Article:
By Mark Terry
AstraZeneca and MedImmune announced that their Phase III ARCTIC clinical trial in locally-advanced or metastatic non-small cell lung cancer (NSCLC) in patients who received a least two prior treatments failed to hit its primary endpoint.
The trial was looking at a combination of Imfinzi (durvalumab) and tremelimumab, as well as Imfinzi and tremelimumb by themselves, compared to standard-of-care chemotherapy in patients with PDL1-low/negative. It also looked at Imfinzi alone versus standard chemo in patients with high PDL-1.
Sub-study B, which was in PDL-1-low/negative lung cancer, the combination of Imfinzi and tremelimumab did not meet the primary endpoints, which were progression-free survival (PFS) and overall survival (OS) compared to standard of care.
The company stated that “sub-study A was not powered for statistical significance,” but goes on to say Imfinzi by itself had a clinically-meaningful decrease in the risk of death compared to standard chemotherapy.
“While we are disappointed that the combination of Imfinzi plus tremelimumab did not result in a statistically-significant benefit in this heavily pre-treated patient population, we are encouraged by the activity of Imfinzi monotherapy observed in this trial and look forward to presenting the full data form the ARCTIC trial at an upcoming medical meeting,” stated Sean Bohen, AstraZeneca’s executive vice president, Global Medicines Development and chief medical officer.
The ARCTIC trial was a randomized, open-label, multi-center, global Phase III trial. Tumor PD-L1 expression was evaluated using the Ventana PD-L1 (SP263) assay with PD-L1 high defined as 25% or more tumor cells with membrane staining.
Imfinzi is a human monoclonal antibody that binds to PD-L1 and blocks the interaction of PD-L1 with PD-1 and CD80. It basically keeps tumors from hiding from the body’s immune system. Tremelimumab is also a fully human monoclonal antibody, in this case, against CTLA4. It is an immune checkpoint blocker.
The U.S. FDAapproved Imfinzi for patients with unresectable, Stage III NSCLC whose disease hadn’t progressed after platinum-based chemo and radiation therapy. It’s also been granted accelerated approval in the U.S. for locally-advanced or metastatic urothelial carcinoma after disease progression after platinum-based chemo, or in patients whose disease progressed within a year of receiving platinum-containing chemo before or after surgery.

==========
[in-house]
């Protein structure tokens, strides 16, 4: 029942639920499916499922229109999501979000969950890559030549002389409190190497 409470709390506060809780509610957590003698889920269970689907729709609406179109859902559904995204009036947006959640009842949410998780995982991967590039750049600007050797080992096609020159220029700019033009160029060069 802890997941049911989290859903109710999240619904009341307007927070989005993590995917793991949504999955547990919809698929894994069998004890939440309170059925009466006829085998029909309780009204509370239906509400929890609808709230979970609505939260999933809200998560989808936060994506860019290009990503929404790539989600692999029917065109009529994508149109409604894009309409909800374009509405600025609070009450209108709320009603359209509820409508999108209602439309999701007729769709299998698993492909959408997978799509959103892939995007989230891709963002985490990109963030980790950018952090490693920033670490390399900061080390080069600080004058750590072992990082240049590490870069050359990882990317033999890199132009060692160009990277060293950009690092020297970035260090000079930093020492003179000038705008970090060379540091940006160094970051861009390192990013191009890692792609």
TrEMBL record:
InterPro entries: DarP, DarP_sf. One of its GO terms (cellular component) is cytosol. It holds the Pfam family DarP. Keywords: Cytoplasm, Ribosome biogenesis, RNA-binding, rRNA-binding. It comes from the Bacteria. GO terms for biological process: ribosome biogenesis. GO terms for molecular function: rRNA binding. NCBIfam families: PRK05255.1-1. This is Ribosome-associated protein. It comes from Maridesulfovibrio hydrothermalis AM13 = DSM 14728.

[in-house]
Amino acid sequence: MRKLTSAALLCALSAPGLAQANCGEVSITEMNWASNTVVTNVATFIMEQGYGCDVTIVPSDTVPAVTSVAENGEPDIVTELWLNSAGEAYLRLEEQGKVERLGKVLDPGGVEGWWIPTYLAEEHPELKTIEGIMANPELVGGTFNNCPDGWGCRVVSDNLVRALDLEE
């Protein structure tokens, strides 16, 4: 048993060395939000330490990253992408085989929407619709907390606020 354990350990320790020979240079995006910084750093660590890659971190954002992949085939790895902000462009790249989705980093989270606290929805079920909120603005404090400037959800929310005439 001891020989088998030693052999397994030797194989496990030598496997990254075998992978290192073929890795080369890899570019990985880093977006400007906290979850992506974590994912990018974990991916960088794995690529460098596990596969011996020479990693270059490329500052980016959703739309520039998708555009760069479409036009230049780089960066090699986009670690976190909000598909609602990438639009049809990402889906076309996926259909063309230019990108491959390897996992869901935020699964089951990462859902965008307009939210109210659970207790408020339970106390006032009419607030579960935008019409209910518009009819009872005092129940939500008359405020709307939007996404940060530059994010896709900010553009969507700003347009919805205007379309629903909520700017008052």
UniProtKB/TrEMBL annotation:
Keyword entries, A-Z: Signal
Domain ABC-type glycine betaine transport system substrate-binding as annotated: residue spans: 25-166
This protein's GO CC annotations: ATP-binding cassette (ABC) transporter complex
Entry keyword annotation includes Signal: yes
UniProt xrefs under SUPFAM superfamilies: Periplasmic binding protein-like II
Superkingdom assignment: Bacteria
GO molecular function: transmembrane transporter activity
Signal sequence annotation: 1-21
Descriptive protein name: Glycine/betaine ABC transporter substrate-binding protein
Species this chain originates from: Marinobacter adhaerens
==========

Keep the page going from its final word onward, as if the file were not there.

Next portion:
Following in the footsteps of HIV treatment, immuno-oncology has been working on the value of combination therapies, but the results of this study undercut the possibilities—although not by too much. Reutersnoted, “The results of the study, known as ARCTIC, is disappointing but not a huge surprise, since evidence has been building that there may be little value in using a so-called CTLA-4 drug like tremelimumab on top of a PD-L1 such as Imfinzi.”
Like most therapies, monotherapy or combinations, it depends on the diseases and the drugs. Because Imfinzi showed some efficacy, but adding tremelimumab didn’t, there’s a possibility that adding tremelimumb offset Imfinzi’s efficacy. Immuno-oncology therapies with traditional chemo appear to be effective, but adding multiple immuno-therapies together, at least as demonstrated by this study, do not seem terribly effective.
Reuters went on to write, “A year ago, the notion of combining the two medicines was the big hope driving AstraZeneca’s stock price—but that hope was dealt a major blow in July when its main first-line lung cancer trial, called MYSTIC, failed to slow disease progression.”
AstraZeneca is planning to report overall survival data from the MYSTIC trialin the second half of this year. MYSTIC is evaluating Imfinzi alone or in combination with tremelimumb compared to standard chemo in patients with epidermal growth factor receptor (EGFR) and anaplastic lymphoma kinase (ALK) wild-type locally-advanced or metastatic (Stage IV) first-line NSCLC.
As of this writing, AstraZeneca stock is up about 1.3% in trading, hitting $35.08. It dropped slightly at opening, but is recovering.